Music creator Charlotte Marlow reflects back on her work with the Newcastle-Under-Lyme Community Orchestra (NULCO) as they premiere their collaboration from Adopt a Music Creator 2020-21.
This July saw the premiere of two new pieces I have worked on over the last few years, from the heart of the pandemic to now, with NULCO. The pieces, The Banks of Lyme Brooke and Industry were conceived following conversations and workshops with the members of the orchestra to showcase their varied relationships with their town, from the industrial roots of the area to the ecological efforts of the community.
The orchestra performed these works with great diligence and skill. It was a delight to see them embrace the challenge of these compositions, which were at times out of their comfort zone, and grow through the process. They tackled new concepts that at times stretched the boundaries of their previous engagement with contemporary classical music (I don’t think they expected to be playing pottery as percussion at the start of this collaboration, but more on that later…), and they rose to the challenge magnificently.
Members of NULCO at their premiere concert
Inspired by the ongoing conservation and rewilding efforts in the area, The Banks of Lyme Brooke was written for a small subsection of the orchestra. This smaller group expertly conveyed the tranquillity of the Lyme Brooke, imitating the song of birds found in the area, and using extended techniques such as breath sounds and timbral shifts in the strings to merge (and emerge) from a field recording taken from the Brooke by Clive, one of the members of the orchestra involved in the ecological restoration of the area.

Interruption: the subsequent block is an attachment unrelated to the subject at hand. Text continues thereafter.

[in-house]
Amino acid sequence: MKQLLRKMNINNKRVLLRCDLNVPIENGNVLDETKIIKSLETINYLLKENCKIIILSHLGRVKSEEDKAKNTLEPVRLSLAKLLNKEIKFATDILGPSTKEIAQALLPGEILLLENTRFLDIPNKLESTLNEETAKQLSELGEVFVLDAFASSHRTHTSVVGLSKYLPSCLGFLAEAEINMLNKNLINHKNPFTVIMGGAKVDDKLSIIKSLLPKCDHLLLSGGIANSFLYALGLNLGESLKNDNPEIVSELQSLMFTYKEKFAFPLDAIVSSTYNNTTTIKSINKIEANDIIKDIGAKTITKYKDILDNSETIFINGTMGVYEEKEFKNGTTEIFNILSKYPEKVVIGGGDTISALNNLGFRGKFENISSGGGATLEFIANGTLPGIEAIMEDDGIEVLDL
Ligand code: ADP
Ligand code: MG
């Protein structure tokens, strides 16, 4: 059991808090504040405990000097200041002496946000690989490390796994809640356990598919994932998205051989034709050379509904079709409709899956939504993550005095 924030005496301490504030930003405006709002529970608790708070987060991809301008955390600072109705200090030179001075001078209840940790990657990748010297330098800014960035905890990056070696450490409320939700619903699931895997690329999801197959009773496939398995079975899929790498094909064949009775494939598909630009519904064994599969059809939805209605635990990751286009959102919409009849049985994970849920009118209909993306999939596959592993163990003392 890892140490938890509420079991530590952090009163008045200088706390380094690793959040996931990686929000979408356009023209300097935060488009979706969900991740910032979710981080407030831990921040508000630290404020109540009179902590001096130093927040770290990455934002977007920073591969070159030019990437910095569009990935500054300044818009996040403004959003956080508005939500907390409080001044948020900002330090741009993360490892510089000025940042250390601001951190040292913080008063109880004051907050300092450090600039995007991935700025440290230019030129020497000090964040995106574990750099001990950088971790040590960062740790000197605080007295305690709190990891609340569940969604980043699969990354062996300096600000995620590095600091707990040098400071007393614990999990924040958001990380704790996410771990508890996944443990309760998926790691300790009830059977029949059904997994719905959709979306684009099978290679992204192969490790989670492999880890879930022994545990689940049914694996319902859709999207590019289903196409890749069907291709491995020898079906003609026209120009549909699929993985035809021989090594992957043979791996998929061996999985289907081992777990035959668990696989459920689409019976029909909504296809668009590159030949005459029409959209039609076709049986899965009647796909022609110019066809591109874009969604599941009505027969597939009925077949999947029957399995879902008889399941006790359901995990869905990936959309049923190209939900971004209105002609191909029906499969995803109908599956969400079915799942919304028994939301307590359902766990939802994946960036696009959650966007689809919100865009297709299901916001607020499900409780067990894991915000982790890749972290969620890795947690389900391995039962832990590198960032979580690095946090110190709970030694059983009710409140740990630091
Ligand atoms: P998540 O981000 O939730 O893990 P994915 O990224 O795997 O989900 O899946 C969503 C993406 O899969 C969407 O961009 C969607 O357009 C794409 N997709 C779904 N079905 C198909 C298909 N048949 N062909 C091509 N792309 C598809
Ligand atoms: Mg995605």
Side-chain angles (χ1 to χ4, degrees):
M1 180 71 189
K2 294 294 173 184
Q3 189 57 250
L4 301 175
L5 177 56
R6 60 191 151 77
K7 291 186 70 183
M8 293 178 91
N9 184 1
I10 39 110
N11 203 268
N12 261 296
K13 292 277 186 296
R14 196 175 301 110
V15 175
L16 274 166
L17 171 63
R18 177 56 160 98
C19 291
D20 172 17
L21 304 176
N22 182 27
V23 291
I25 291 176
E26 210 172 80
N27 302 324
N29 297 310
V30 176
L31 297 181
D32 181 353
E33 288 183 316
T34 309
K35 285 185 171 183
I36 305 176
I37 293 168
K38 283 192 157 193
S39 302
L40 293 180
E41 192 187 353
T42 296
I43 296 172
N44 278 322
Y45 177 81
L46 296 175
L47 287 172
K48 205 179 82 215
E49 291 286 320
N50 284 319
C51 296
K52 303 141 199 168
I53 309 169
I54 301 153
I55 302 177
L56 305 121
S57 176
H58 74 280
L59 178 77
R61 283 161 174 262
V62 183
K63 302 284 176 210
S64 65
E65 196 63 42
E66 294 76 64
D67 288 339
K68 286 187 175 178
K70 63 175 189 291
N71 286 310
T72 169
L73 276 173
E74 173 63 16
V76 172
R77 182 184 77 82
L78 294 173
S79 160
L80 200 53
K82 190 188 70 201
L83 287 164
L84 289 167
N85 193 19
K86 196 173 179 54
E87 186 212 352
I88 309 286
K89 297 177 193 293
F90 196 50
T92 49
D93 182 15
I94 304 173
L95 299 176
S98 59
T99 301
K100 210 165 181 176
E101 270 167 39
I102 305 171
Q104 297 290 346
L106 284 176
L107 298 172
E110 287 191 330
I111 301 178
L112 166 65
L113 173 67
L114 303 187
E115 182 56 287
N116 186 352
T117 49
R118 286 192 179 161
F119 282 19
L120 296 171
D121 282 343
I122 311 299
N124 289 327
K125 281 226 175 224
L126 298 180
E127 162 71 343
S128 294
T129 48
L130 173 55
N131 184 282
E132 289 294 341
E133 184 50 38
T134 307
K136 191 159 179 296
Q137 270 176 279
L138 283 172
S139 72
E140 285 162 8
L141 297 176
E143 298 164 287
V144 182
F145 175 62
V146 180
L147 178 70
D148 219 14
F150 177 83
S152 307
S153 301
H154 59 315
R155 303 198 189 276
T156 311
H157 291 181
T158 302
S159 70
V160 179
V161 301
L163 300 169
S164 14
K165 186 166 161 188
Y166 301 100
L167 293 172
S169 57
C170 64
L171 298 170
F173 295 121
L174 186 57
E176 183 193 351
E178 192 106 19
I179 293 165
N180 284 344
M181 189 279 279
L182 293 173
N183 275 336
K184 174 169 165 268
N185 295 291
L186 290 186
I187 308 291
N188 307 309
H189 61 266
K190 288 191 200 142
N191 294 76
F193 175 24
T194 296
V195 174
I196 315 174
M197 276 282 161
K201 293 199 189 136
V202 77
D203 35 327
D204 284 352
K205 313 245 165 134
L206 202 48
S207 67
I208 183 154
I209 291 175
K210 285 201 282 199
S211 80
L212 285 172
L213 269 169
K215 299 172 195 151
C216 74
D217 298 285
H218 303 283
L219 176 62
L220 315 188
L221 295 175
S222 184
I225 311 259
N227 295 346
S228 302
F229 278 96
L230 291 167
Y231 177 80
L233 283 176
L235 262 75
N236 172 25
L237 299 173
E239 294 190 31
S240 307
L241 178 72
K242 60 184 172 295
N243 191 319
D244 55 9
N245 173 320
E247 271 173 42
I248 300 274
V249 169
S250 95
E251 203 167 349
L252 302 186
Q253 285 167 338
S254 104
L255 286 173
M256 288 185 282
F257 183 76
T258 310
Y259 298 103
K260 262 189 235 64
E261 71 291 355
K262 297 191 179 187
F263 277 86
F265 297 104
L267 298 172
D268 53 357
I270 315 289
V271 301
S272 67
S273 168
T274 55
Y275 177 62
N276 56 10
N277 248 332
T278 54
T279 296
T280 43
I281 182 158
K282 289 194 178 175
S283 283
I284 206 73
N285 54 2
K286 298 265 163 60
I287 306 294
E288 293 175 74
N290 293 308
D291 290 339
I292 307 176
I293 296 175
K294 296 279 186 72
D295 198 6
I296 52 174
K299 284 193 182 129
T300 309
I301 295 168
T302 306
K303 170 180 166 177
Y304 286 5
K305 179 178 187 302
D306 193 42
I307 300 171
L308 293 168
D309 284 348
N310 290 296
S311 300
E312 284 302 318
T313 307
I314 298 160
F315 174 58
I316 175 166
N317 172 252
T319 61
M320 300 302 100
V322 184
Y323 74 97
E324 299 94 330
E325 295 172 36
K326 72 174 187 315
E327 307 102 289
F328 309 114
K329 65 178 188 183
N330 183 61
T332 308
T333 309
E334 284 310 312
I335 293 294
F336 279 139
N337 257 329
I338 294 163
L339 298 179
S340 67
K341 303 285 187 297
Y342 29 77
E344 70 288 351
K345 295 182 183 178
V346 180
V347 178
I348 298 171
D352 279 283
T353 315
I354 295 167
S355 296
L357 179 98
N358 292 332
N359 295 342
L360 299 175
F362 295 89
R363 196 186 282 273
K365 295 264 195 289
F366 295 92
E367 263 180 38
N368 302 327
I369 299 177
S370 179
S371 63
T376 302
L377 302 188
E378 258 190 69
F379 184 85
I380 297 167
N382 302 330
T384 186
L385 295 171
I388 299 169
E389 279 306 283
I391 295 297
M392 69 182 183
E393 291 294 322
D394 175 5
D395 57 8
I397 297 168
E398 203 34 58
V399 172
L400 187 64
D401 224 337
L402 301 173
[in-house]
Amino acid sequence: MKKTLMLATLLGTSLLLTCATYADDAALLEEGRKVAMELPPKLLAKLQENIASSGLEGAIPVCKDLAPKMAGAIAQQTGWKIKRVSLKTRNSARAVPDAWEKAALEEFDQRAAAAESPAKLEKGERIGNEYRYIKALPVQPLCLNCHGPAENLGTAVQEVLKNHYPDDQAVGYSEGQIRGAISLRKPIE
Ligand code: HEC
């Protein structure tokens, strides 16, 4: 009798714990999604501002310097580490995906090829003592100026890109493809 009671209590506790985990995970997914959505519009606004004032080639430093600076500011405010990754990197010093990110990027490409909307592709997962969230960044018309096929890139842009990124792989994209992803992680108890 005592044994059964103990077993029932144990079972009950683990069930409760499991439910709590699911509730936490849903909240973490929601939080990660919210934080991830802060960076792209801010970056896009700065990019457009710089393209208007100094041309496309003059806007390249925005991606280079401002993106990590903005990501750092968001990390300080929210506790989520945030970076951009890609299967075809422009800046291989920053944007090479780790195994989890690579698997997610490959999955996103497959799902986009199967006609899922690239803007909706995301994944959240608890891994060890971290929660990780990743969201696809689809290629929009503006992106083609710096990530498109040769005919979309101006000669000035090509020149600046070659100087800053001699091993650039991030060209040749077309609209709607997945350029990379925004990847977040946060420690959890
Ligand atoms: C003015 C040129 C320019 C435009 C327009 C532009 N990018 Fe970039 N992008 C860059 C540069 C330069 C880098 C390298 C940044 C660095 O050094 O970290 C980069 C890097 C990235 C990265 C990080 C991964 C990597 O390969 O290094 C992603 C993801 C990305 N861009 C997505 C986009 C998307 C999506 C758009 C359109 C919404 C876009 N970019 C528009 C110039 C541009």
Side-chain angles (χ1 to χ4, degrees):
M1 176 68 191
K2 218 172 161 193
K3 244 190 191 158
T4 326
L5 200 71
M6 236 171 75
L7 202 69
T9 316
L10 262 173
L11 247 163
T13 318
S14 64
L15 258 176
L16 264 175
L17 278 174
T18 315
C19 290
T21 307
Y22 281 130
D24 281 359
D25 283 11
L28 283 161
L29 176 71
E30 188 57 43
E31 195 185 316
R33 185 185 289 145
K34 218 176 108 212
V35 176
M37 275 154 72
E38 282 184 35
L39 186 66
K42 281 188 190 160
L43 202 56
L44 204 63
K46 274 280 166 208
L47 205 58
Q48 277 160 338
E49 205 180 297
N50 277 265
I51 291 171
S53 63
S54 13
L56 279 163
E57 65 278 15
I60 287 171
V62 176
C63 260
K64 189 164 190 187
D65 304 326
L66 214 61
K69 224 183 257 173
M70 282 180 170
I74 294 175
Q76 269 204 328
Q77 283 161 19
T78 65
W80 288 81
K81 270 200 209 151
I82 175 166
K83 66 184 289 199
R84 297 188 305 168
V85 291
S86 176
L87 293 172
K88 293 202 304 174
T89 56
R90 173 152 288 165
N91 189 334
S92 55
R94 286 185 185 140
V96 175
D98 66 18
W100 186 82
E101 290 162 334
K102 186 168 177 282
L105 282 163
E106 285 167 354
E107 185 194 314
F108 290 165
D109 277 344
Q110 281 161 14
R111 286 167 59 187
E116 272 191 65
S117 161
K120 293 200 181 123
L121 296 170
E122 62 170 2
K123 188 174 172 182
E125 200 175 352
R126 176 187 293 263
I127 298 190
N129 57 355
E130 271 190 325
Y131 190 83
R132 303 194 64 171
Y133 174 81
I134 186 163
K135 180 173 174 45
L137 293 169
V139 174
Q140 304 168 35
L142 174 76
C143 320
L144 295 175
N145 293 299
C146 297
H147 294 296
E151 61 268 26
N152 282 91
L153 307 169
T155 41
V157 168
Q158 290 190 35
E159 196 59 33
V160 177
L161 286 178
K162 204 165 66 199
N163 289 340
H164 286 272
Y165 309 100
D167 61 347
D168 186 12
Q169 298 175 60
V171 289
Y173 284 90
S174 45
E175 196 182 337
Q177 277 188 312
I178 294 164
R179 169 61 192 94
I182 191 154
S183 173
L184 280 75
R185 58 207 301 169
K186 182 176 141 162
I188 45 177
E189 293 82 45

The second piece, Industry, involved the full orchestra and provided a sonic exploration of Newcastle-under-Lyme's rich historical connection with pottery works. Moreover, it painted an audible picture of the town's connection to Astley's Circus. Both elements were bound together with a playful underpinning of percussion using spoons on teacups spread throughout the members. The teacups, made of pottery from the area, served a dual purpose. Not only did they link to Newcastle’s industrial history, but they also connected to the present day. They referenced the orchestra’s coffee and tea mornings, which have been a source of invaluable social connections for people in the community.
'The thoughtful conversations that unfolded in the wake of the performance suggested a deep resonance with the themes and emotions we sought to convey through the music.'
We had a wonderful turnout at the concert, with an audience as diverse and dynamic as the town itself. The attendees seemed deeply engaged with the music, and the post-performance feedback was overwhelmingly positive. The audience reception to both pieces was deeply gratifying. The thoughtful conversations that unfolded in the wake of the performance suggested a deep resonance with the themes and emotions we sought to convey through the music.
To see the orchestra not merely perform, but truly inhabit these pieces was truly a testament to their dedication. Their commitment to their craft reflected the resilience and vitality of their community spirit, and seeing NULCO rebuild itself over the last few years was a heartwarming experience.
I am eternally grateful for the journey we have taken together and look forward to what the future holds. I am committed to keeping this dialogue open in my future work, the project having affirmed for me the necessity of community music making, as well as the powerful connections and power of community that can be fostered through music.